Berry Juice is a collection of the best blogs on baby names, pregnancy, and parenting from around the web, including everything from personal naming stories to the academic study of names, pregnancy information to tips on decorating the nursery.
Chaucer was writing in the Middle Ages, between 1343 and 1400, and the Greek myths he alludes to are far older. Jacqueline de Weever has created a dictionary of the names in Chaucer’s works, found at: http://www.columbia.edu/dlc/garland/deweever/menu.htm. Some of the names are clearly too awkward for modern use. For instance, teaching 4-year-old Cresseyde to spell her name would be an extremely daunting task, Ceyx and Dictys could give rise to rather risqué pronunciations and although Cutberd or Huberd would make awesome pirate names, they could cause sniggers in the classroom. Many of Chaucer’s names are still in current usage and, for those that are not, we have selected eight names worthy of resurgence.
It’s easy to fume about name theft. After all, conventional wisdom is that once a name is widely used for our daughters, it cannot be given to our sons.
The truth is messier. Consider:
My pregnant friend had settled on a name—Olive. And then she saw a baby announcement two weeks ago: “Meet Olive Louise,” it read. The announcement came from Facebook, and from a “friend” she has only seen once in 14 years, but she’s decided against the name for fear it will be too common, and is back to searching the Social Security lists for the year’s top baby names, and scouring the name blogs.
The web has opened our eyes to world-wide naming trends, and my generation of Jennifers, Laurens and Ashleys, who were disappointed to be one of five in our classrooms, feel a new sort of power: Our children will not suffer the same fate. I watch my friends register their children’s twitter handles and create their Gmail accounts before they’re born, and part of the naming process is considering whether the name’s domain is still available on GoDaddy.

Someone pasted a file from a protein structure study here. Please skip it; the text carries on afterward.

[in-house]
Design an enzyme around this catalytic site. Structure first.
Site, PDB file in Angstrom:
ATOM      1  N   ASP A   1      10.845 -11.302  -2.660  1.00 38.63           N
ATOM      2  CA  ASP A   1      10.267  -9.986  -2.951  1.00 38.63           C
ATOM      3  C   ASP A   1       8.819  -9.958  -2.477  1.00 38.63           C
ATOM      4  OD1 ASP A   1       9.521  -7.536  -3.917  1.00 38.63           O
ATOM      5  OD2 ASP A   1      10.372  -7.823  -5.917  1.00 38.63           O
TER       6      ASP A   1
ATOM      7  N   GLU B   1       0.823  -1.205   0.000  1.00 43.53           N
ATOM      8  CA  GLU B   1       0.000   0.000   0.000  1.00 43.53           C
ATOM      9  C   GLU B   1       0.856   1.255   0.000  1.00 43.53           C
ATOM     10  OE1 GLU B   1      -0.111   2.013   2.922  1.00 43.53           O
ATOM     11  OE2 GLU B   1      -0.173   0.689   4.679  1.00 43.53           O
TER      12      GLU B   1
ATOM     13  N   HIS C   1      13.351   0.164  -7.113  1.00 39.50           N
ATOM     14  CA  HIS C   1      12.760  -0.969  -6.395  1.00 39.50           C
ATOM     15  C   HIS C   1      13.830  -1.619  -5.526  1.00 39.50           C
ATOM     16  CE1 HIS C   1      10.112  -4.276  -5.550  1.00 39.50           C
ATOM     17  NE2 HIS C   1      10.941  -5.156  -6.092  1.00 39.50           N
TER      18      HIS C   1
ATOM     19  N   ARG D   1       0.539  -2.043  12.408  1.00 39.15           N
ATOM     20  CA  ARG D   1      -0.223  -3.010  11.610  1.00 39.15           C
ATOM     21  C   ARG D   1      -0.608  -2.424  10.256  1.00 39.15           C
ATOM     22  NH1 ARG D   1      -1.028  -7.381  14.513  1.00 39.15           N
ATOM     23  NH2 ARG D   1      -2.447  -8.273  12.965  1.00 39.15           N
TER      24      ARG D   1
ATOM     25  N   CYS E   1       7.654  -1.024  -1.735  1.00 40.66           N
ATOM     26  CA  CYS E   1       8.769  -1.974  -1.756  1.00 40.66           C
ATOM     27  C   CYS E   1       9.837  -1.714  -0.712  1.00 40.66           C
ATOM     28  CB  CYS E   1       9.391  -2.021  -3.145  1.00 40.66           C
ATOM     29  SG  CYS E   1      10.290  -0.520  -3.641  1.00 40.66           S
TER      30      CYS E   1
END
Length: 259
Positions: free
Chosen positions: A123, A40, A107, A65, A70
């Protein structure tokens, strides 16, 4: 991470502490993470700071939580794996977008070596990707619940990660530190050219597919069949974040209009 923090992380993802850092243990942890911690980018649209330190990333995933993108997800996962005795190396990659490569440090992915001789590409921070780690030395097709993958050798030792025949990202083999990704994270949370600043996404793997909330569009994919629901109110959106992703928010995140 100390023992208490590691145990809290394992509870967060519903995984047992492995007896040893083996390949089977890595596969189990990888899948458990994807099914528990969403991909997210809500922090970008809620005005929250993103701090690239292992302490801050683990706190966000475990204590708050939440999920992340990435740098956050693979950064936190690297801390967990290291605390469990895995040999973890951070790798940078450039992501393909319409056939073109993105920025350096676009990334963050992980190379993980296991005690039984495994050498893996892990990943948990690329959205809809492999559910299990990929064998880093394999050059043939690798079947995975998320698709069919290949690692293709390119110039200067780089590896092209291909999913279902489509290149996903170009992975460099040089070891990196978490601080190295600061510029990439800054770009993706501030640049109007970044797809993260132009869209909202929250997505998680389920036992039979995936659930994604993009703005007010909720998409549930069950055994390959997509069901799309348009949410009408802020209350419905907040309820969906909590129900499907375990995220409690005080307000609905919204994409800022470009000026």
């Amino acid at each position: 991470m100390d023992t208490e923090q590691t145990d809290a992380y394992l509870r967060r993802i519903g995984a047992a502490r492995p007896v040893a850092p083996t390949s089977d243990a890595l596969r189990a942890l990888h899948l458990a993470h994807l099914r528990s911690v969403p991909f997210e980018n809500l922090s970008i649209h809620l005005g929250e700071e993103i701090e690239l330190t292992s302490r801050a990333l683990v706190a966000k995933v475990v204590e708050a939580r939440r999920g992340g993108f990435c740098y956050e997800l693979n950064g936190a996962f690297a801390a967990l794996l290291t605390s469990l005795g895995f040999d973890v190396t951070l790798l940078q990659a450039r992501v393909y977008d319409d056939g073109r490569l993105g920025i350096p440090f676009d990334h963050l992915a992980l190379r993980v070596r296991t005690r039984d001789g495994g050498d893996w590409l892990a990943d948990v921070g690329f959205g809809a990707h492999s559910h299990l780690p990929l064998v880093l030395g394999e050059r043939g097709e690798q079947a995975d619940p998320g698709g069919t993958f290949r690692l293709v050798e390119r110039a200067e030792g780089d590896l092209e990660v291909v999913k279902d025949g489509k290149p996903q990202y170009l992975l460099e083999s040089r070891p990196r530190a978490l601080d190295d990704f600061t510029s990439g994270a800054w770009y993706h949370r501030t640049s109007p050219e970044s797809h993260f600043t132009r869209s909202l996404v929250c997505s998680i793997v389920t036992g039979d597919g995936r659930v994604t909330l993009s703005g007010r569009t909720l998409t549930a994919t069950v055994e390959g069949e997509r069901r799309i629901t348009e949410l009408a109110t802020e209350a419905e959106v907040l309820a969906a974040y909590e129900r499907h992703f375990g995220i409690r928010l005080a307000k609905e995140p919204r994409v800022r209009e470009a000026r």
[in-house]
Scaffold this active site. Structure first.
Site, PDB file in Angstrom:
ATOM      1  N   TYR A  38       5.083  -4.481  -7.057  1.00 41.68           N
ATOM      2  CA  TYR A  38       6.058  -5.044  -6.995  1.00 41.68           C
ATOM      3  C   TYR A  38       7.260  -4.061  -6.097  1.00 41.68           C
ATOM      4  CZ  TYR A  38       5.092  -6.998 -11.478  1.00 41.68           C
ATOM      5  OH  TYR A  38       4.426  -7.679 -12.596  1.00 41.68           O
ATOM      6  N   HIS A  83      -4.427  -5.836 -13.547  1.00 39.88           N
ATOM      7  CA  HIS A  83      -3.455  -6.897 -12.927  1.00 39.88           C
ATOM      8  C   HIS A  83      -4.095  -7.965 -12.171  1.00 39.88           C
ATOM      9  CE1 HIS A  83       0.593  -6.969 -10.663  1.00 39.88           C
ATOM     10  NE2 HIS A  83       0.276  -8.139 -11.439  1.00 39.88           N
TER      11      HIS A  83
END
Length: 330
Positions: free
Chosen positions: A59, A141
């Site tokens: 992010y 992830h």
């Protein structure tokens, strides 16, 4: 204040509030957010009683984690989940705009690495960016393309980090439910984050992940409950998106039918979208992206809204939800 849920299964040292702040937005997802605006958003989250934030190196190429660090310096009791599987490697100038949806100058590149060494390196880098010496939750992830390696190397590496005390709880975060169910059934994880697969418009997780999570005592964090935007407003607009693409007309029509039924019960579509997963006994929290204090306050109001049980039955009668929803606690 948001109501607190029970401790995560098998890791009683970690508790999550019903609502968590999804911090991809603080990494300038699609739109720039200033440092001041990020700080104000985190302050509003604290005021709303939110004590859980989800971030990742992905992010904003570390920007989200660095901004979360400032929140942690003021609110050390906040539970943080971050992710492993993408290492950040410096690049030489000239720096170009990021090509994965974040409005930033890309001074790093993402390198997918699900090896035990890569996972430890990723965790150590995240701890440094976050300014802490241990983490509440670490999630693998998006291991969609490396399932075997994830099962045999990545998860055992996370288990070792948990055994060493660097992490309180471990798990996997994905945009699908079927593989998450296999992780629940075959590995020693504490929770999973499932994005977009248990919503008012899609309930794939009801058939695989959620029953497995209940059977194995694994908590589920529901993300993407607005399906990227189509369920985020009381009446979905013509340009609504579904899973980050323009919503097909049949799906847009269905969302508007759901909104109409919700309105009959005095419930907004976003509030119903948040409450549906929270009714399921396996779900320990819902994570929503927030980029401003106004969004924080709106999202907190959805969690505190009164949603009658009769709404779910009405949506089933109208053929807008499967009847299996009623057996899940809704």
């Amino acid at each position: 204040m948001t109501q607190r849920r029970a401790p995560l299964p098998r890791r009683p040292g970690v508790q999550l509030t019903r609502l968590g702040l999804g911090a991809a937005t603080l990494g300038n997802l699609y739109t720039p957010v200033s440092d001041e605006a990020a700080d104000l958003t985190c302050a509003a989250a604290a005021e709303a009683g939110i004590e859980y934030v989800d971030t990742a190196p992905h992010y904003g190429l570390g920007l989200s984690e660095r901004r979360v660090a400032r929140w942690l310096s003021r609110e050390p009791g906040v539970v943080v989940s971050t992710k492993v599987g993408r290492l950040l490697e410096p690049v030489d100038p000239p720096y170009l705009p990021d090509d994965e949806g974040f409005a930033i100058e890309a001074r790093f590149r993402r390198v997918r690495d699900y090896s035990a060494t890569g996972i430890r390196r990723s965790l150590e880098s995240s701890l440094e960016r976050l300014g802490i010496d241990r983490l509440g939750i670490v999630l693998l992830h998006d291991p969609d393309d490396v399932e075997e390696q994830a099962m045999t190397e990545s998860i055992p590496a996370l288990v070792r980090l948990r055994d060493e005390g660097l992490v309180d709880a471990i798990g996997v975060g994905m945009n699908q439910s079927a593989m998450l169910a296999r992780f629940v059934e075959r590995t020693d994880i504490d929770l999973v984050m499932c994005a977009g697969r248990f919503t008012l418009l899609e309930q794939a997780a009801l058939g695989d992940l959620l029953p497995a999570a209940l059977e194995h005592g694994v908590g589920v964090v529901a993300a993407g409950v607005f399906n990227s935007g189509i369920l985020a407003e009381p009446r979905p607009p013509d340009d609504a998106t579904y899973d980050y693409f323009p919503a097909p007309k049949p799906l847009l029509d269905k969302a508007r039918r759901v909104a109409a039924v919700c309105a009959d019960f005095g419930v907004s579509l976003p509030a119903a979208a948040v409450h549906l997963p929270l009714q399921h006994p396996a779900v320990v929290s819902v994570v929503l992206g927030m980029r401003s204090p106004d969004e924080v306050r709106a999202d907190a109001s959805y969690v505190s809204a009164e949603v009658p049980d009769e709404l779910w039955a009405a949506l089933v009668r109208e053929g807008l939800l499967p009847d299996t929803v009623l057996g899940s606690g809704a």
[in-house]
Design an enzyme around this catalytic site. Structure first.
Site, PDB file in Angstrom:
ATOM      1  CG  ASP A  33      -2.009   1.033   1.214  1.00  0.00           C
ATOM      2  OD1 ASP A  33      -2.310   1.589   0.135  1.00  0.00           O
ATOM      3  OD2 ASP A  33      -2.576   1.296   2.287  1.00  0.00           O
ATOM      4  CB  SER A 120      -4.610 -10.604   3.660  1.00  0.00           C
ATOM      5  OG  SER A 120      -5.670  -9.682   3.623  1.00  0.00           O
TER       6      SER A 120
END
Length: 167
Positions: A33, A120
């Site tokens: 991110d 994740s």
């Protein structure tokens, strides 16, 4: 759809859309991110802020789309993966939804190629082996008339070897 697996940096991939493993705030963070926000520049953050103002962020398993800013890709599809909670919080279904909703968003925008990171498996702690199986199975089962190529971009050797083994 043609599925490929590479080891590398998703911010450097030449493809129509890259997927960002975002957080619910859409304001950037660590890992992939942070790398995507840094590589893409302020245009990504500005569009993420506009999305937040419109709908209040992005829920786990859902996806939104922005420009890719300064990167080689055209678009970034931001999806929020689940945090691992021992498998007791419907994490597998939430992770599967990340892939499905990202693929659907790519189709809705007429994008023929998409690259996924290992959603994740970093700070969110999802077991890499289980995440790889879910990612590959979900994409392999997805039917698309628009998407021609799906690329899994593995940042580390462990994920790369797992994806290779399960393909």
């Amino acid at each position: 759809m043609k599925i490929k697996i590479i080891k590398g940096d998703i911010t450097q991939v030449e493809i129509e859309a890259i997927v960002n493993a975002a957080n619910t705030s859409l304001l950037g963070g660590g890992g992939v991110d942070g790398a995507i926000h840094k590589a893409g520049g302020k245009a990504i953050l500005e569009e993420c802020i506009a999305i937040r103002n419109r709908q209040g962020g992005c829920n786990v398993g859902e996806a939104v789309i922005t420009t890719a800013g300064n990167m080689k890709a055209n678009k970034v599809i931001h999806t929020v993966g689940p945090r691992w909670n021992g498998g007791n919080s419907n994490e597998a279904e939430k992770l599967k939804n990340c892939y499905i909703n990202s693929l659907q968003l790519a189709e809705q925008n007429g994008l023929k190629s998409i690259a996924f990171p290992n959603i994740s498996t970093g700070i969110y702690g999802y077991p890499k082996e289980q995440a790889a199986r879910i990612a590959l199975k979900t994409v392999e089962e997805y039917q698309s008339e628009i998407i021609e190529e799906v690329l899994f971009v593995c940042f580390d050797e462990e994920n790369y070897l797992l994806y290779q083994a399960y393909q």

by Hildie Westenhaver
Maybe it’s because we’re kind of different to begin with that Mormons love oddball baby names. We’re taught from day one to be “in the world but not of the world” and that apparently applies to the way we name our kids as well. While this holds true to Mormons all over the U.S, you’ll find the most outlandish baby names in the intermountain West: Utah and southern Idaho in particular. I have met children named Wrangler, Smokey, Mersadie, Corporate (for a girl), Maverix, Jenedy, Silver, Xacian, Versailles, Rafter, and—I kid you not—R2.
Tilda and Tilly. Many would see these names and think they are only nicknames for Matilda, but both make for adorable names in their own right. Whether you are debating which nickname to use for your little Matilda, or simply which to give your daughter, it could be helpful to look at them side by side.
Origin, Meaning, Associations & Impressions
These are so intertwined that it’s helpful to consider them together. Both Tilda and Tilly are considered to have originated as nicknames for Matilda. Matilda is an Old German name meaning ‘mighty in battle’, and hence this is also the accepted meaning for both Tilda and Tilly.